We can prove that every Banach space with a Schauder basis has the approximation property. I've read that this implies that every Hilbert space $H$ has the approximation property.

It's clear to me that this immediately follows if $H$ is separable, but if $H$ is not separable, it doesn't admit a countable orthonormal basis (and in terms of my definition, a Schauder basis is a countable system).

So, what am I missing?

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    $\begingroup$ I guess that the non-separable situation can be reduced to the separable situation by, e.g., considering the orthogonal complement of the kernel of a compact operator. This orthogonal complement should be separable. $\endgroup$ – gerw Feb 19 '18 at 15:28

Just look at the singular value decomposition. This is valid for every Hilbert space (also non-seperable) and for every compact operator. If you trucate the sum you have an operator with finite range and it converges to the original operator.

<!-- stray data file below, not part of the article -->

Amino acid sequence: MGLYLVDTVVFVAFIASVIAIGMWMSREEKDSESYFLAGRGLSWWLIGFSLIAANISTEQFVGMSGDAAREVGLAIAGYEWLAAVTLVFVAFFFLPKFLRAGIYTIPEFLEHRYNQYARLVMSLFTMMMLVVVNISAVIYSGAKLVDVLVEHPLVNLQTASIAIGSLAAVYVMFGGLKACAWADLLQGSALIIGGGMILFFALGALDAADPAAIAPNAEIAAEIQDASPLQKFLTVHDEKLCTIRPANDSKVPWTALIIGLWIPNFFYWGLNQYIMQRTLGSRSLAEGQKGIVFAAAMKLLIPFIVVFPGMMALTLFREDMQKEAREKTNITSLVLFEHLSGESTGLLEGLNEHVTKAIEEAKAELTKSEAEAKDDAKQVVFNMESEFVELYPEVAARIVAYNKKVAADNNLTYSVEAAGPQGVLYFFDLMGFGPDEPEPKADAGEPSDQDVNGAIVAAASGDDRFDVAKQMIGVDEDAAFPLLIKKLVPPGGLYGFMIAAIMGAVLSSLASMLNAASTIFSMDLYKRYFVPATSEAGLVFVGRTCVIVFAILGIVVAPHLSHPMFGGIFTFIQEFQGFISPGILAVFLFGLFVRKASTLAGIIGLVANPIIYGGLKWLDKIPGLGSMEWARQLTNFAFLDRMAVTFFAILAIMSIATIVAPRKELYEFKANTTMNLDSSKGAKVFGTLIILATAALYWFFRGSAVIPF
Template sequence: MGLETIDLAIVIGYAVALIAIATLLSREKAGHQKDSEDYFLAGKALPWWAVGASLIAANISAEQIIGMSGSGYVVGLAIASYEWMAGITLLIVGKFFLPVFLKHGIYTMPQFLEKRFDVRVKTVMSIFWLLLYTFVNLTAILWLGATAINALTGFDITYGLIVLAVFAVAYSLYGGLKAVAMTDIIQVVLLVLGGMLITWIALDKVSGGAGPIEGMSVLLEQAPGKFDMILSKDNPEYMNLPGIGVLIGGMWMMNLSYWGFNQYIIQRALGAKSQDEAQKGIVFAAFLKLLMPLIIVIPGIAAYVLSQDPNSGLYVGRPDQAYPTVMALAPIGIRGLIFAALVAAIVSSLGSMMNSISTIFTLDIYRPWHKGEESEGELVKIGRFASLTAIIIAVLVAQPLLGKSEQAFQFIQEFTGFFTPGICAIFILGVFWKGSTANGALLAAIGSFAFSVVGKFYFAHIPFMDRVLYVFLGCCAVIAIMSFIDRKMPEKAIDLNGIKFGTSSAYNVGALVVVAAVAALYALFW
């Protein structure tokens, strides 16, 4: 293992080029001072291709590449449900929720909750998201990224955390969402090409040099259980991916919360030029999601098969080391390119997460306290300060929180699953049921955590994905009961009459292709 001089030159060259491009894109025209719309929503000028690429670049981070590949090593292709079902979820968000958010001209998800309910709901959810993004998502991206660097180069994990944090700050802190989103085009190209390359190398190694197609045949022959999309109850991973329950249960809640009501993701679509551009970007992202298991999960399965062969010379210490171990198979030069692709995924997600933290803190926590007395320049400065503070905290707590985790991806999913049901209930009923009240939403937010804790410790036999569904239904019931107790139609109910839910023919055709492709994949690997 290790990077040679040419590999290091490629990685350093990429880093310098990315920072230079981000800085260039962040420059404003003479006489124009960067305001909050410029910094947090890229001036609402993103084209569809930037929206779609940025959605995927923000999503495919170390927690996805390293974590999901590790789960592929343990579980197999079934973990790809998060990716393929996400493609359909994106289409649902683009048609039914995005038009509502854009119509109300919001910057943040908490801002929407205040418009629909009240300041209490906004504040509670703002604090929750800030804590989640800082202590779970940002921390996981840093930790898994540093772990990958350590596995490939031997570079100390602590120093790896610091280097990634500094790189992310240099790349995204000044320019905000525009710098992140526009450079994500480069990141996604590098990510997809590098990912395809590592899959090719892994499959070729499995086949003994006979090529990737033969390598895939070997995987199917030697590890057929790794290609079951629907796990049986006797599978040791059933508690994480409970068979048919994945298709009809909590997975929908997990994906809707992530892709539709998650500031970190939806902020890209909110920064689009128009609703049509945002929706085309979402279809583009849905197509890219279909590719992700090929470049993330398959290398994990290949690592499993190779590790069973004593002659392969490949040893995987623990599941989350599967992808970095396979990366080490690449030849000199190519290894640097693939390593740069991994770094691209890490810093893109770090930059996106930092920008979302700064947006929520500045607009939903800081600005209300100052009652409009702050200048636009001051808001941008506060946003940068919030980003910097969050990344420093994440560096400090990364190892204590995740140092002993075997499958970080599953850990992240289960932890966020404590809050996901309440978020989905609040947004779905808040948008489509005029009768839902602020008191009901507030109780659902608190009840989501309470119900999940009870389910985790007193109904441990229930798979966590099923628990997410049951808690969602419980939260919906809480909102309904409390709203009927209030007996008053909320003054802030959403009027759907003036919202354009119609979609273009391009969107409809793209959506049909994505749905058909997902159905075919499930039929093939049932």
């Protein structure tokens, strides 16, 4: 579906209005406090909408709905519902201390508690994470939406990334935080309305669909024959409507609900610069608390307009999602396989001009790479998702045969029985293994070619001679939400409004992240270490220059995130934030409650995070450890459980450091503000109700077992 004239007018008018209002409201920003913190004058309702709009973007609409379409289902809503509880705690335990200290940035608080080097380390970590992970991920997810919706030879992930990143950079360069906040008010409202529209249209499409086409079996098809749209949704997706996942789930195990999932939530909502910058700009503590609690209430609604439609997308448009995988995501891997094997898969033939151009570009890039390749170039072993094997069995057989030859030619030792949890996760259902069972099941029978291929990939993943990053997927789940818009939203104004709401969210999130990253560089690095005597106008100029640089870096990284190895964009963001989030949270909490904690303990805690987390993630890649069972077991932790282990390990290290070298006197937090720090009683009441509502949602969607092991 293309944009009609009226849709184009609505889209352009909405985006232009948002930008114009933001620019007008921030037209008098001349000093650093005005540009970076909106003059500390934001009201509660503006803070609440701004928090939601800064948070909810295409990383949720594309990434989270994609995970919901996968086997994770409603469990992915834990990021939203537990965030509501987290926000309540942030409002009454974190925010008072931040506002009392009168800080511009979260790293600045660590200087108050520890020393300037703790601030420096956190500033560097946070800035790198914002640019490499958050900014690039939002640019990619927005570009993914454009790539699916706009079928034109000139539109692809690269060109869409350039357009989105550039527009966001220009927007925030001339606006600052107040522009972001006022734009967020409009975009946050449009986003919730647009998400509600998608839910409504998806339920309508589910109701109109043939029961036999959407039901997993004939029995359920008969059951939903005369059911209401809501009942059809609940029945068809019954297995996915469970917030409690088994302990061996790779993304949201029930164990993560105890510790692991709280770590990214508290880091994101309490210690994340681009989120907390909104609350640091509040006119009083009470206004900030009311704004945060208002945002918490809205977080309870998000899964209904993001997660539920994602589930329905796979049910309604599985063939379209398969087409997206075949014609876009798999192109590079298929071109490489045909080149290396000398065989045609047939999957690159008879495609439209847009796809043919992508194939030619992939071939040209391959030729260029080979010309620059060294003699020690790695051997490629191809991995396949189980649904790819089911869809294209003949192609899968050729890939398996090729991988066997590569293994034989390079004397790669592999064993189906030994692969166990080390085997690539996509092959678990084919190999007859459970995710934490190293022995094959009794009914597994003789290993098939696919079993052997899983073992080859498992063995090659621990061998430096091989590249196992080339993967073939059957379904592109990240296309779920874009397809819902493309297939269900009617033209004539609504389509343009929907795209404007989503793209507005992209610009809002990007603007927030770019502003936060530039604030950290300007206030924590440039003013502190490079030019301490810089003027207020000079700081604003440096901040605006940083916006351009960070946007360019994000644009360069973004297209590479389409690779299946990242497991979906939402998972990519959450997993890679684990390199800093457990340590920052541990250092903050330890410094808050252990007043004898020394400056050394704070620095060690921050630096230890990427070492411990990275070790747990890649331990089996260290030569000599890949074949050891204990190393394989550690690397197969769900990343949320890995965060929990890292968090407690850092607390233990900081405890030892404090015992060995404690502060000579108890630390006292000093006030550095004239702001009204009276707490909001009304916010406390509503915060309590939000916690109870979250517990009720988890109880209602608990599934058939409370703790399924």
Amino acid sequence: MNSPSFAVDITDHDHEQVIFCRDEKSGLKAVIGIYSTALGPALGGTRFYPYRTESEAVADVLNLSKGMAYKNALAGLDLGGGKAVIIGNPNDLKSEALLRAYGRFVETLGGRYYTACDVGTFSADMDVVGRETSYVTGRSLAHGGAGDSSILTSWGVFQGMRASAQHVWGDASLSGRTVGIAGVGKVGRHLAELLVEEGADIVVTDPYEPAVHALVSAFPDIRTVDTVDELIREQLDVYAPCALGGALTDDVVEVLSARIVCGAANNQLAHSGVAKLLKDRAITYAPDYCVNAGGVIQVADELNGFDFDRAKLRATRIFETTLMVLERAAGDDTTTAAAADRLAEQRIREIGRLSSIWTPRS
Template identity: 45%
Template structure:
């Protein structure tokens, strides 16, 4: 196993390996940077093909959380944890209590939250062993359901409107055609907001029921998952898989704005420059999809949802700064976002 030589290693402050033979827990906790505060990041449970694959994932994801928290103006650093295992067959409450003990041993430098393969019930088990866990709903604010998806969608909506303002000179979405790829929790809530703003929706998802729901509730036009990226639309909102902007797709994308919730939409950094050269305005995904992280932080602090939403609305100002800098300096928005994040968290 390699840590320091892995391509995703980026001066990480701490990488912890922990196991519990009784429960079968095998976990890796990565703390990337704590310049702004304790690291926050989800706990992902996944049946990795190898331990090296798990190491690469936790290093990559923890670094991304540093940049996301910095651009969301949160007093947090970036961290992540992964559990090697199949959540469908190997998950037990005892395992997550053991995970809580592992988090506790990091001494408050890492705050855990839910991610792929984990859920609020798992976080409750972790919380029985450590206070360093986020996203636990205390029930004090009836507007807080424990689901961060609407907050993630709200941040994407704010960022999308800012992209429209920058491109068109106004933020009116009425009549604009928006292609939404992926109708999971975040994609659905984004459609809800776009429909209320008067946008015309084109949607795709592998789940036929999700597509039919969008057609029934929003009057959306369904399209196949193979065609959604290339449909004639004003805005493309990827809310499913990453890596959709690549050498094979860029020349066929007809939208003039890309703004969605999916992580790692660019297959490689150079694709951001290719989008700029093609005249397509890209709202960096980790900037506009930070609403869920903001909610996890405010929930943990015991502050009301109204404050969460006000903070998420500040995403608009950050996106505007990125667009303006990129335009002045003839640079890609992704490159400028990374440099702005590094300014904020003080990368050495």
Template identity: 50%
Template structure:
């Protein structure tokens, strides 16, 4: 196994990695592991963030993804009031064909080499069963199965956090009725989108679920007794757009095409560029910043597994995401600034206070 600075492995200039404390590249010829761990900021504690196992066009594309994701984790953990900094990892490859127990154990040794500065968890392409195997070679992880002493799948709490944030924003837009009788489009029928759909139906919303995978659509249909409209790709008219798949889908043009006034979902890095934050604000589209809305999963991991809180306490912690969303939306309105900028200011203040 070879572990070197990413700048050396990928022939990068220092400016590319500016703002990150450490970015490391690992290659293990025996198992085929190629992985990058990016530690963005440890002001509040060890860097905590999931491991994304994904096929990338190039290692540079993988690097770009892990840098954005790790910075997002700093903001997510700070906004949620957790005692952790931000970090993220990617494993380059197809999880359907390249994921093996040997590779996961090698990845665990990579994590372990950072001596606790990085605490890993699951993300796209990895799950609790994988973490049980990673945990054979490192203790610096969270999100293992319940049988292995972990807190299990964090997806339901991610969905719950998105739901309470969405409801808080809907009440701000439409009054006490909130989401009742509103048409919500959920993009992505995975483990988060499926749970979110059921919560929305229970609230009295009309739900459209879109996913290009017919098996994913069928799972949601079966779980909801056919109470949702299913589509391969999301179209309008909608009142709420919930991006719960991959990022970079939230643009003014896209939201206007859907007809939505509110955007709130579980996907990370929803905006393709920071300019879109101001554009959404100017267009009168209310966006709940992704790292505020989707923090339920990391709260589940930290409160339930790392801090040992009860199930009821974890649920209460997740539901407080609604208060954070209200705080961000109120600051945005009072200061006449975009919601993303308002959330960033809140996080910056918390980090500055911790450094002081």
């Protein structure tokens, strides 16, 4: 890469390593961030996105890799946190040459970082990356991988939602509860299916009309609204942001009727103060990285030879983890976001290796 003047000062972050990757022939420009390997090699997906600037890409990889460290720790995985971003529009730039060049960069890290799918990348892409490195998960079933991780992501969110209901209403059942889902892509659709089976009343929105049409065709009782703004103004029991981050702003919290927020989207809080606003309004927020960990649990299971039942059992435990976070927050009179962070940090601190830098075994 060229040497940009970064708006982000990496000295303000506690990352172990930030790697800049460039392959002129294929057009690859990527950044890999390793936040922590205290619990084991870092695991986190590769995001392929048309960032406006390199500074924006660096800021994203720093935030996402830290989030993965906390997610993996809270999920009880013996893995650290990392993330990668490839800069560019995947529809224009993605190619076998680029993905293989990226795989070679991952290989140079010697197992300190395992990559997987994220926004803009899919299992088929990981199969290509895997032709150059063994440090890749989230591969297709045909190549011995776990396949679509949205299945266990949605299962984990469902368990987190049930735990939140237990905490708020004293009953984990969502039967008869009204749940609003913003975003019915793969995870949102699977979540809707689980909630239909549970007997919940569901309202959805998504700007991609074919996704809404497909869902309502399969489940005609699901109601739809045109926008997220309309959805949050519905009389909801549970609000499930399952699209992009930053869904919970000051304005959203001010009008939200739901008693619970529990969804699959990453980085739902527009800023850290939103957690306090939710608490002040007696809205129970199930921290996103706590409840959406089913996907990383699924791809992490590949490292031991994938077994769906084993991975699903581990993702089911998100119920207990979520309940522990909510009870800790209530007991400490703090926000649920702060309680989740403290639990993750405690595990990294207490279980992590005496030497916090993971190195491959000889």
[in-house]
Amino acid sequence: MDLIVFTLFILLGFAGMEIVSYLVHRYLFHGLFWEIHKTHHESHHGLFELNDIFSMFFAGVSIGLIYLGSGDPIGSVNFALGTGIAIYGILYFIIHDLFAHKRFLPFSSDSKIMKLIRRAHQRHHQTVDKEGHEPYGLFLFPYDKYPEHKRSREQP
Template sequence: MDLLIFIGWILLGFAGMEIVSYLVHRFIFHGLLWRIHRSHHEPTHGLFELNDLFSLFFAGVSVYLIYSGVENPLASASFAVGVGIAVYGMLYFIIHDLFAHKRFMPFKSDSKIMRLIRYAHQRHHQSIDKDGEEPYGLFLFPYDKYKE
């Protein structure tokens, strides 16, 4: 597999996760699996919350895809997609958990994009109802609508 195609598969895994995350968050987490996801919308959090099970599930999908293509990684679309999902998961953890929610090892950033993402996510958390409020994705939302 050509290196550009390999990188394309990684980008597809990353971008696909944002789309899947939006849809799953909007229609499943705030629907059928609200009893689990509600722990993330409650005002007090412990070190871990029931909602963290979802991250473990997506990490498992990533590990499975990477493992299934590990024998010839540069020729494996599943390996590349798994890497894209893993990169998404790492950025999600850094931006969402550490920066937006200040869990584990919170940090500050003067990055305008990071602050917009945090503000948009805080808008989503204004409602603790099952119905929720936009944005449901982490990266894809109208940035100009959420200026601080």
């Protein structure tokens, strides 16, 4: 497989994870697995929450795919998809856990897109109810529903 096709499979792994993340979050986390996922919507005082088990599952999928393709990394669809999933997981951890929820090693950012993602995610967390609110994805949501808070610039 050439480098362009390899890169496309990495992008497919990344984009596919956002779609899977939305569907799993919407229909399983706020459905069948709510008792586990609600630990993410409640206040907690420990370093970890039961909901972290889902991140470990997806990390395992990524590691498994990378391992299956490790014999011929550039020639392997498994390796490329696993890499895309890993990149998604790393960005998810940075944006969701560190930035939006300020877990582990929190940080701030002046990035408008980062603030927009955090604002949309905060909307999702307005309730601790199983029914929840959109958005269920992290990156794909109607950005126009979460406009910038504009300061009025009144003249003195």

I think the reason is that if you have a orthonormal system $S$, $\langle x,e\rangle\neq 0$ with $e\in S$ and $x\in X$ can be only be the case for finite or countable many $e\in S$. Also if I remember right, you only need the eigenvalues not equal to zero for the decomposition and the only thing that can be uncountable is the basis of $\text{ker}T$ (if $T$ is the operator) that doesn't affect your decomposition.

  • $\begingroup$ Yes, it's clear to me that a Hilbert space has the AP and that this can be proved by the SVD. What's confusing me is that I've found multiple books which immediately after the statement "every Banach space with a Schauder basis has the AP" remark that this immediately yields that every Hilbert space has the AP. $\endgroup$ – 0xbadf00d Feb 19 '18 at 16:02
  • $\begingroup$ Ok that's indeed very confusing. Because if the Hilbert space is non-seperable it doesn't have a Schauder basis. Actually a Hilbert space has countable basis iff it is seperable. $\endgroup$ – CostaZach Feb 19 '18 at 17:03

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